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Importance of subsegmental pulmonary embolism

Gary E. Raskob

In this issue of Blood, den Exter et al highlight the importance of subsegmental pulmonary emboli.1

Pulmonary embolism (PE) causes 100 000 or more deaths each year in the United States2 and is the primary diagnosis or a complicating condition in more than 300 000 patient hospitalizations.3

The diagnosis of PE has been revolutionized with the introduction of advanced computed tomographic pulmonary angiography (CTPA).4 The multi-row detector CTPA is highly sensitive and specific for PE, including the relatively smaller emboli confined to subsegmental pulmonary arteries.4 Consequently, the proportion of all emboli diagnosed in symptomatic patients that are confined to subsegmental arteries has increased from 4.7% with the single detector to 15% with multi-row detector CTPA.5 A recent systematic review6 has suggested that this improved detection of subsegmental PE represents overdiagnosis of relatively unimportant emboli for which the risks of anticoagulant therapy may not be warranted.

Now come den Exter and colleagues1 with important new data that strongly challenge this inference. These investigators used the combined data from 2 large prospective cohort studies of patients with clinically suspected PE to compare the thromboembolic risk profiles and clinical outcomes of patients with subsegmental PE by CTPA (116 patients, 15.5%) with those of patients with segmental or more proximal emboli (632 patients) and with those in whom PE was ruled out (2980 patients) on the basis of either an unlikely clinical probability combined with a negative d-dimer result or by negative CTPA. The methodology was strong, and follow-up for 3 months was complete in 99.8% of patients. The most important findings concern the outcomes on follow-up. Among the 116 patients with subsegmental PE, all of whom received anticoagulant therapy, symptomatic recurrent venous thromboembolism occurred in 4 patients (3.6%). In contrast, only 1.1% of the 2980 patients in whom PE was ruled out and who did not receive anticoagulant therapy had symptomatic venous thromboembolism on follow-up (hazard ratio for subsegmental PE, 4.3; 95% confidence interval 1.5-12.3). There was a gradient for mortality, which was highest among patients with segmental or more proximal PE (10.7%), followed by subsegmental PE (6.5%), and lower in patients in whom PE was excluded (5.4%, P = .01 compared with patients with subsegmental PE).1

How do we reconcile these results with the prior systematic review?6 Two facts are relevant. First, the studies that suggest that subsegmental PE does not require anticoagulant therapy all included imaging for deep-vein thrombosis using ultrasonography to detect and treat those patients with this source for recurrent embolism.5 The presence of deep-vein thrombosis is a key prognostic marker for recurrent venous thromboembolism7 and an independent predictor of mortality among patients with PE.8 Imaging for deep-vein thrombosis is therefore “… an important component of the management of subsegmental pulmonary embolism left untreated.”5 Second, den Exter and colleagues1 show that patients with subsegmental PE have persistent risk factors for recurrent venous thromboembolism, and these risk factors occur less commonly among the patients in whom PE was ruled out. The significant prevalence of active malignancy (18%) helps to explain the 3.6% incidence of recurrence despite anticoagulant therapy.1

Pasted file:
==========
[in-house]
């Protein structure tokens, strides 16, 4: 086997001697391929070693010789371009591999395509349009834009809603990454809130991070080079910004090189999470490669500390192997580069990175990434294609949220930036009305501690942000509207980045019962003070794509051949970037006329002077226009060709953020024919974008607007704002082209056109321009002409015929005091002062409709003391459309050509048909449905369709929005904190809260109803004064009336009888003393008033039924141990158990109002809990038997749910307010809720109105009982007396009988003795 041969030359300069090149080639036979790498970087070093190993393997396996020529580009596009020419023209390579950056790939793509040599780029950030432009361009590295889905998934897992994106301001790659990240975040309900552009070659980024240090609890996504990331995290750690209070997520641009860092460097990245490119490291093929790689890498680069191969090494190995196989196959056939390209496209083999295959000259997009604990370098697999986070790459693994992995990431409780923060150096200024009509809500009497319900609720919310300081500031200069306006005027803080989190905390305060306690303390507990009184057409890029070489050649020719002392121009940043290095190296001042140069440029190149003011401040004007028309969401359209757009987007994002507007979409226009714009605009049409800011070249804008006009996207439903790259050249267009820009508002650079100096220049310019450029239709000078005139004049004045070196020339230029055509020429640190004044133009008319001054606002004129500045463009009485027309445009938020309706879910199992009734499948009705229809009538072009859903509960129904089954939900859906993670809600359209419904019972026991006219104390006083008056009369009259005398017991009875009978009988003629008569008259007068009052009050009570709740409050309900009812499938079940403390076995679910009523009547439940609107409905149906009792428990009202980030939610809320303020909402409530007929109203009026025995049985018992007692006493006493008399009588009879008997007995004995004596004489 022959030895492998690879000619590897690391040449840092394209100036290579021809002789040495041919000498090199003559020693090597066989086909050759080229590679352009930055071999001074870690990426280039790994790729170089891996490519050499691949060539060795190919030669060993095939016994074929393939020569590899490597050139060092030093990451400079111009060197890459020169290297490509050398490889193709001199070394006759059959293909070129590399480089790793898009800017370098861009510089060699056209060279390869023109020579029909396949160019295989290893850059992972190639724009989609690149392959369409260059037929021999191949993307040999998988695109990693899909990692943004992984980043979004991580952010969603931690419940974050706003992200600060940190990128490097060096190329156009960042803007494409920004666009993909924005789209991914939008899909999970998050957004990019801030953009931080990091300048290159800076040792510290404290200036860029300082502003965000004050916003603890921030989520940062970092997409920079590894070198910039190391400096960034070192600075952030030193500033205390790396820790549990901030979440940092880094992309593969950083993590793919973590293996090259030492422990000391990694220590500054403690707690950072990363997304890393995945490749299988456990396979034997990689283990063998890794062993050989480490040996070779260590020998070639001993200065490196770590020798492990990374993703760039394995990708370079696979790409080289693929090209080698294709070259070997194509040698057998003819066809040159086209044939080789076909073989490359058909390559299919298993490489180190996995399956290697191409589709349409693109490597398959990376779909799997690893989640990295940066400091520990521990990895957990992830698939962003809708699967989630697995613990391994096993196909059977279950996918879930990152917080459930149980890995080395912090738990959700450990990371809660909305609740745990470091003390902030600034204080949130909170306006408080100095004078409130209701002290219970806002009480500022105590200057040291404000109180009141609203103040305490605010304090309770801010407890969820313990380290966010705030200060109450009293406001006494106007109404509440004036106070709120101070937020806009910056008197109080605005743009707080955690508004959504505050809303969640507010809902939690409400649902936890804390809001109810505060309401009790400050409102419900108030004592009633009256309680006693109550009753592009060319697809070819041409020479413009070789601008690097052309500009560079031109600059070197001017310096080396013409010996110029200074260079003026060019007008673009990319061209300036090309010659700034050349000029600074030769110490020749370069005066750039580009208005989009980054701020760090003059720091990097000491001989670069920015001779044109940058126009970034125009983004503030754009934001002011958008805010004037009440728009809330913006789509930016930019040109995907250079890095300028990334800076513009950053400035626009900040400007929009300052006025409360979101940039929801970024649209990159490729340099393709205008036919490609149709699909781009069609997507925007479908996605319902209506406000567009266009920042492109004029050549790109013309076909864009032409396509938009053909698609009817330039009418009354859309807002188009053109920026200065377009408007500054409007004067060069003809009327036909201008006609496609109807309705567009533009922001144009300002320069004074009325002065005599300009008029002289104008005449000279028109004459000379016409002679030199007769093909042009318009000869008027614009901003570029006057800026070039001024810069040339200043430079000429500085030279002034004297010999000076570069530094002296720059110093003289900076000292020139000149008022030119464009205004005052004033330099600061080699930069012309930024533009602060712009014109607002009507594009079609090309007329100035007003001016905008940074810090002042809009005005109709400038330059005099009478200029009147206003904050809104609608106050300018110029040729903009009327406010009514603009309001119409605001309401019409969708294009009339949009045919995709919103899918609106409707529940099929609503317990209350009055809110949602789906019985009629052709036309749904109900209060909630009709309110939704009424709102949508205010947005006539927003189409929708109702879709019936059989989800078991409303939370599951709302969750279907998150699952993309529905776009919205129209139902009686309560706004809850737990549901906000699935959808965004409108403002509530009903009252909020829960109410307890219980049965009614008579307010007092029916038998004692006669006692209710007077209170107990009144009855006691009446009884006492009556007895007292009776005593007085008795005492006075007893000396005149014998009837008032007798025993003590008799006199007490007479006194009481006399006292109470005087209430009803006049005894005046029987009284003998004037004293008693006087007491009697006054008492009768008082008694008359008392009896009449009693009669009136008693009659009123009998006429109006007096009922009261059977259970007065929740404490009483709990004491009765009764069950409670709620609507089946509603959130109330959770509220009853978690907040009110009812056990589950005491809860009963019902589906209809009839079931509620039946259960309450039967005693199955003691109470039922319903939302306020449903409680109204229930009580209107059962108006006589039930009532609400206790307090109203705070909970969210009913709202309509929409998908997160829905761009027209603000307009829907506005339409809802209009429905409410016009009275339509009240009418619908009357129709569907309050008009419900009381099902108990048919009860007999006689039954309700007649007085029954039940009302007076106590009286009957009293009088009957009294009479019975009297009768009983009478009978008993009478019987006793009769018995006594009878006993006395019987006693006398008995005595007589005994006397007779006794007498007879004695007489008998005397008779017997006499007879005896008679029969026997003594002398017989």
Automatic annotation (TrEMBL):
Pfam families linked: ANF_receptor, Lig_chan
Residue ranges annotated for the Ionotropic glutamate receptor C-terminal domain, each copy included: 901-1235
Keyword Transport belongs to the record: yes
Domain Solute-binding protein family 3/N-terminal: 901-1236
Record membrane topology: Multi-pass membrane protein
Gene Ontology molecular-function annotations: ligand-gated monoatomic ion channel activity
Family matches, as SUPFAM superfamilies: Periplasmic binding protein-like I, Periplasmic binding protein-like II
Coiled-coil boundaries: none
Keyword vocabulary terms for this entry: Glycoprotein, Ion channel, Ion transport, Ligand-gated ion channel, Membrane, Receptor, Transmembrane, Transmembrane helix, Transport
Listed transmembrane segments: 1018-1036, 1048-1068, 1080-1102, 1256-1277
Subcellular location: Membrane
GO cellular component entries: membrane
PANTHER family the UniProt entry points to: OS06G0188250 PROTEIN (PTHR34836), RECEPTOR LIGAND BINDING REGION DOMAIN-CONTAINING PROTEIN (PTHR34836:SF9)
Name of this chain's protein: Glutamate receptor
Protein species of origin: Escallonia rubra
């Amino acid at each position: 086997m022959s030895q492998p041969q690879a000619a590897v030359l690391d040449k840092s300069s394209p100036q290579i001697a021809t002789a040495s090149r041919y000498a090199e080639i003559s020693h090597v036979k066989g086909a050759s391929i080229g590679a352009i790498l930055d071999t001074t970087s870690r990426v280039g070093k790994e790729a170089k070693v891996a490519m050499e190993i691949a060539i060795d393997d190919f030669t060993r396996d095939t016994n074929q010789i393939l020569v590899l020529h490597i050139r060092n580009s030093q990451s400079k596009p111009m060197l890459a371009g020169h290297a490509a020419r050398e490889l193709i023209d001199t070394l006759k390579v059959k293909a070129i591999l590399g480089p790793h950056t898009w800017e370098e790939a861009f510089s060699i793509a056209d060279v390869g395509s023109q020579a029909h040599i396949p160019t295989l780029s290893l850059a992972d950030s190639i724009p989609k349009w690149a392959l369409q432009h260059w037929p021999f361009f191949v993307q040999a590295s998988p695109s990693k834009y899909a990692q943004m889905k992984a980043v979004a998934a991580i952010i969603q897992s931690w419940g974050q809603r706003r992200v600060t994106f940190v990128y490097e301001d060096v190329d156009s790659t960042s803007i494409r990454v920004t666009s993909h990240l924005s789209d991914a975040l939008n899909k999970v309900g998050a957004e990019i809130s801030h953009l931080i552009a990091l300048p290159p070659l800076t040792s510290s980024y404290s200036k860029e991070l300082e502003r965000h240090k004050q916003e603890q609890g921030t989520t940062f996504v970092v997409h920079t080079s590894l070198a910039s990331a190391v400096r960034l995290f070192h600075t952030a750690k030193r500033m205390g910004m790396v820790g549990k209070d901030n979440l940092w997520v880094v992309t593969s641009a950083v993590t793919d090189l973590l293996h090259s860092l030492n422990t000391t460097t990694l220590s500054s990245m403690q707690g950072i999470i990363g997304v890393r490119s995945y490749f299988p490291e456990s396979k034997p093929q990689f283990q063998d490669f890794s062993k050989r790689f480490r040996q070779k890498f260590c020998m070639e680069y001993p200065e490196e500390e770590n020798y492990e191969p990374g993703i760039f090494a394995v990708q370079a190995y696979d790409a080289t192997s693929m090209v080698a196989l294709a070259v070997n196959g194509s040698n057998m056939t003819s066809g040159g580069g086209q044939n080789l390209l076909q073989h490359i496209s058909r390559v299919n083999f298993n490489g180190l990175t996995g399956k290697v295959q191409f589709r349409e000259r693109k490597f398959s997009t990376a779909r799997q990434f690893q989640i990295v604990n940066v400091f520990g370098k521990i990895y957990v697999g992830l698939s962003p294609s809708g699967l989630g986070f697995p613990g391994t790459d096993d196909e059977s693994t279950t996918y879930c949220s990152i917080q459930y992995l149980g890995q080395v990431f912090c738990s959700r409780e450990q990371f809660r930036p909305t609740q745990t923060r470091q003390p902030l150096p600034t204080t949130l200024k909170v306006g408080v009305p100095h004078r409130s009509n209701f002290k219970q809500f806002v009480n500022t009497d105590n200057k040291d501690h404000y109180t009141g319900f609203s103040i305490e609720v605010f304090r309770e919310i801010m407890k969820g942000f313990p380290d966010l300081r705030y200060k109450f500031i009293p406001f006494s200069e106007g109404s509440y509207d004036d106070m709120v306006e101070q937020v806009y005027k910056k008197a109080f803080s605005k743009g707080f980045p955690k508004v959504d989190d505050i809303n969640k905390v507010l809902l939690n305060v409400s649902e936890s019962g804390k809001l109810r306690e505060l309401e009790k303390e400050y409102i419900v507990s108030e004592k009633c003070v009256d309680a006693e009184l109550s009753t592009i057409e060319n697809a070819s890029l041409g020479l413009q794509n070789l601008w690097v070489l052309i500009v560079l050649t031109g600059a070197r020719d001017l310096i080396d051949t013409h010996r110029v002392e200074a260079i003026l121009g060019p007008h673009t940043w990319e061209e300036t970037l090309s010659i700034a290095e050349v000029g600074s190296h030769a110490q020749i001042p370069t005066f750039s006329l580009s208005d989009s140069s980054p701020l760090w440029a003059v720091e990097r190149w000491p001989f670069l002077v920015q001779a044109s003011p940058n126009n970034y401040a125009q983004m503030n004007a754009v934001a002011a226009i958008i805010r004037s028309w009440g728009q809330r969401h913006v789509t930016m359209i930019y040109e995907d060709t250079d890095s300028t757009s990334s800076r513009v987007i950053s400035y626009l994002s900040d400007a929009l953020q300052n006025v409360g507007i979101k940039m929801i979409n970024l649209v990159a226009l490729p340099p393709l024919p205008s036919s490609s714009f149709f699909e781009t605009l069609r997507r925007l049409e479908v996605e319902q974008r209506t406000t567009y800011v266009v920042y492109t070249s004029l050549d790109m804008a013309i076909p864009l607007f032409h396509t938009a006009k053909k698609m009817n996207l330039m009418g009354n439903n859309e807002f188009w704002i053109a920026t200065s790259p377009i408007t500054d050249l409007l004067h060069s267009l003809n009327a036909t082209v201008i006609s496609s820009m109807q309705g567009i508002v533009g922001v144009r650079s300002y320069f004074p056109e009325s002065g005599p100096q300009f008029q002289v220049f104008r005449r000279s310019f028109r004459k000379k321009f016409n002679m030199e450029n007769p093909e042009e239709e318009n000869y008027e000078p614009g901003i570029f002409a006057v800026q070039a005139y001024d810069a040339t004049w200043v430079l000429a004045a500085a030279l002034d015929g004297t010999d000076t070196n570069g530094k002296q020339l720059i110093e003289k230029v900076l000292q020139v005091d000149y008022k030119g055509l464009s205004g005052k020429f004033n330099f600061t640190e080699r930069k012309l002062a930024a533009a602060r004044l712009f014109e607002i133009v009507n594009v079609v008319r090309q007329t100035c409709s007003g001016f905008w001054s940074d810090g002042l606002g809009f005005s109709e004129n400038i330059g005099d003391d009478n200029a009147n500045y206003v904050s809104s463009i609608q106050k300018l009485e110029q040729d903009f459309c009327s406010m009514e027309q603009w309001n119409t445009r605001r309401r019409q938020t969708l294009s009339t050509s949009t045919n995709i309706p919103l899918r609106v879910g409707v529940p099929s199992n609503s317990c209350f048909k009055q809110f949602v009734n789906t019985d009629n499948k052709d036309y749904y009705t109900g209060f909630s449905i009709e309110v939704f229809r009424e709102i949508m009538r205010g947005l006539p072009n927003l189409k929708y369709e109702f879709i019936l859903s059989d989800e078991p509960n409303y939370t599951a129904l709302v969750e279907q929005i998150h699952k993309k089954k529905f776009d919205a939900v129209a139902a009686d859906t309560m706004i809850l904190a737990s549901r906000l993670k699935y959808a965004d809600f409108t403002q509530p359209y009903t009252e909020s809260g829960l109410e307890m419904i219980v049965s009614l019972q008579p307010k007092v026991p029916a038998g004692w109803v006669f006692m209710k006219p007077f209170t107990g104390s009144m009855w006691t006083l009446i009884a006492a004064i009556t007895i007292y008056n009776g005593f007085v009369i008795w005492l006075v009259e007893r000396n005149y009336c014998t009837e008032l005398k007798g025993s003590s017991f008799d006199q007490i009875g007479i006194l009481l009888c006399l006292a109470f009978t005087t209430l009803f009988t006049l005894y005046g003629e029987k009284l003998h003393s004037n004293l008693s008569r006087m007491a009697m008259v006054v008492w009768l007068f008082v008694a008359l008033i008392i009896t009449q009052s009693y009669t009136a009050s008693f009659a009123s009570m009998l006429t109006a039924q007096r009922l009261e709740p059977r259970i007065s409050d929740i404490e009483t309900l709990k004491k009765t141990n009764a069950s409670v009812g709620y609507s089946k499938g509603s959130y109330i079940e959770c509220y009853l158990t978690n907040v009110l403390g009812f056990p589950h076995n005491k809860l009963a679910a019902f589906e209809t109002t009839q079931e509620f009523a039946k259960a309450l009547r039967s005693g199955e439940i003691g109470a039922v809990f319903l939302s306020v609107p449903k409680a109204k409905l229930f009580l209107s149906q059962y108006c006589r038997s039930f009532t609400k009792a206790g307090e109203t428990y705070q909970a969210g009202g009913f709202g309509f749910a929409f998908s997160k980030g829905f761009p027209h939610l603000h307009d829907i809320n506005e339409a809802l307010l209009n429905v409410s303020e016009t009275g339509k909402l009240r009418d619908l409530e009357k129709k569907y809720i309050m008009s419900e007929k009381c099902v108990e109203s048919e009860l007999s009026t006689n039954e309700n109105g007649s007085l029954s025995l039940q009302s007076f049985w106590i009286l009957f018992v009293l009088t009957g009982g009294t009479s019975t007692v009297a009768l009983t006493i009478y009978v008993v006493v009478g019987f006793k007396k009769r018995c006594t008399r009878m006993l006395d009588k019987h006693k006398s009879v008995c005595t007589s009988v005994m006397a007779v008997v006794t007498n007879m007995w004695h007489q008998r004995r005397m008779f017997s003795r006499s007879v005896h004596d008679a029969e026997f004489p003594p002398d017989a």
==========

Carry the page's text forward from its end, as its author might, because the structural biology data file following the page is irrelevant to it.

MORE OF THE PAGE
What are the implications for current clinical practice? A symptomatic patient with confirmed subsegmental PE who does not have an absolute contraindication or risk factor(s) conferring a high risk of bleeding should be treated with anticoagulant therapy unless strong patient preference dictates otherwise. The safety and simplicity of anticoagulant therapy have been improved with the new oral anticoagulants.9,10 This development, together with the data of den Exter et al,1 tips the balance in favor of anticoagulant therapy for most patients. In patients with absolute contraindications or a high risk of bleeding, serial imaging for deep-vein thrombosis of the legs using compression ultrasonography is likely a safe alternative, providing several conditions are met: (1) the patient has adequate cardiopulmonary reserve to tolerate the existing embolus left untreated and/or a small recurrent embolus; (2) that ultrasonography can be done 3 or 4 times over a 10- to 14-day period to detect a new proximal deep-vein thrombosis before it leads to important recurrent PE; (3) that persistent risk factors for recurrent venous thromboembolism are absent; and (4) that alternate sources for recurrent PE are absent (eg, central venous catheterization).7 The ongoing prospective cohort study (NCT 01455818) of withholding anticoagulant therapy in patients with subsegmental PE who have negative results by serial ultrasonography for deep-vein thrombosis is awaited with interest.5 For now, PE, including subsegmental PE, should be considered a serious and unforgiving condition for which the benefits of contemporary anticoagulant therapy outweigh the risks for most patients.

Footnotes

  • Conflict-of-interest disclosure: The author receives, or has received, consultant fees for clinical research or advisory service from Bayer Healthcare, BMS, Daiichi-Sankyo, Janssen Pharmaceuticals, Johnson and Johnson, Pfizer, Quintiles, Sanofi-Aventis, and Takeda Research and Development.

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